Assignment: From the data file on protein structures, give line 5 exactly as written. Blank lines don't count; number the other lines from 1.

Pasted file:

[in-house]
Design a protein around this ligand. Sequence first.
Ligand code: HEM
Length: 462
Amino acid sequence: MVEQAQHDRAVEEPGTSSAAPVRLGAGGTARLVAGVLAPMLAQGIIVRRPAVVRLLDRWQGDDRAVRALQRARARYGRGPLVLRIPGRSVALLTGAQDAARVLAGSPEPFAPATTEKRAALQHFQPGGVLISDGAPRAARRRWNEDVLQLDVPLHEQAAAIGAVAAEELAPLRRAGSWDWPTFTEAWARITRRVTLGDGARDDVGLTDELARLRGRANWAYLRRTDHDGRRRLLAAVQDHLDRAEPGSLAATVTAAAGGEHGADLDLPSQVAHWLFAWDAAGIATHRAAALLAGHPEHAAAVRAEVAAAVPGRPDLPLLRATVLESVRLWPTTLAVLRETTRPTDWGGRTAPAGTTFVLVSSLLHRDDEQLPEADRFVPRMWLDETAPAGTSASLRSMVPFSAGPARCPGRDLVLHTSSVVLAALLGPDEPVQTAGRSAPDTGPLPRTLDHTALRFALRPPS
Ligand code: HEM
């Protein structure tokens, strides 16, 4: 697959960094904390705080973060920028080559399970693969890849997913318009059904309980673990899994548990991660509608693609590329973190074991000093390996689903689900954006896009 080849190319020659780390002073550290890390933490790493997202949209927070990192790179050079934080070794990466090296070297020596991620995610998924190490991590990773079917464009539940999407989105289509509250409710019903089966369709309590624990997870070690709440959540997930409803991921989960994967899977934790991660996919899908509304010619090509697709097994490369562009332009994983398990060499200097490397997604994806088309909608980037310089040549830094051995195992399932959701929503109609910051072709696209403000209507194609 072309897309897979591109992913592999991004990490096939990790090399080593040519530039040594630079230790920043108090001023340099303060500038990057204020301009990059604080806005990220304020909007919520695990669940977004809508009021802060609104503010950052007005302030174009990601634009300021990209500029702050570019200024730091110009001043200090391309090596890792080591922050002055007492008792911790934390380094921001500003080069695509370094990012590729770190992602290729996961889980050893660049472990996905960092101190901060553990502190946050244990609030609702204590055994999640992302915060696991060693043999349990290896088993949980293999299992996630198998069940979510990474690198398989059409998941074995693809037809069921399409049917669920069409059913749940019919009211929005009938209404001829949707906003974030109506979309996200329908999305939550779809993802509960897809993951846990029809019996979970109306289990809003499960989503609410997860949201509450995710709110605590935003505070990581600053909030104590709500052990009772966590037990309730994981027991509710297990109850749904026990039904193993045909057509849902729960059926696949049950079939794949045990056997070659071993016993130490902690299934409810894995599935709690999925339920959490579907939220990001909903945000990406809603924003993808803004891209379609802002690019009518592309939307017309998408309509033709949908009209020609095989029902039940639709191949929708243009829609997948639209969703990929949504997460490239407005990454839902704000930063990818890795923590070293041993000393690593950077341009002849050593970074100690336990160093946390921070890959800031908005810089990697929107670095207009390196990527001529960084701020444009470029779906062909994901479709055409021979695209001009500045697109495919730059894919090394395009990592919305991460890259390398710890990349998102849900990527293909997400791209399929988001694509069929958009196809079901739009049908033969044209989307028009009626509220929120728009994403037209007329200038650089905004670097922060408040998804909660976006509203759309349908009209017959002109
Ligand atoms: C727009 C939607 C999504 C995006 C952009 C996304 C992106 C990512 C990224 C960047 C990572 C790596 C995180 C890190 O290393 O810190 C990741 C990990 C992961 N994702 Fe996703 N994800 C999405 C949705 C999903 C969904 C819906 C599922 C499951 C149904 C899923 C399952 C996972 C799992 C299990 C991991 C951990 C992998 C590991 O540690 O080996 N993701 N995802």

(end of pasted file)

Amino acid sequence: MVEQAQHDRAVEEPGTSSAAPVRLGAGGTARLVAGVLAPMLAQGIIVRRPAVVRLLDRWQGDDRAVRALQRARARYGRGPLVLRIPGRSVALLTGAQDAARVLAGSPEPFAPATTEKRAALQHFQPGGVLISDGAPRAARRRWNEDVLQLDVPLHEQAAAIGAVAAEELAPLRRAGSWDWPTFTEAWARITRRVTLGDGARDDVGLTDELARLRGRANWAYLRRTDHDGRRRLLAAVQDHLDRAEPGSLAATVTAAAGGEHGADLDLPSQVAHWLFAWDAAGIATHRAAALLAGHPEHAAAVRAEVAAAVPGRPDLPLLRATVLESVRLWPTTLAVLRETTRPTDWGGRTAPAGTTFVLVSSLLHRDDEQLPEADRFVPRMWLDETAPAGTSASLRSMVPFSAGPARCPGRDLVLHTSSVVLAALLGPDEPVQTAGRSAPDTGPLPRTLDHTALRFALRPPS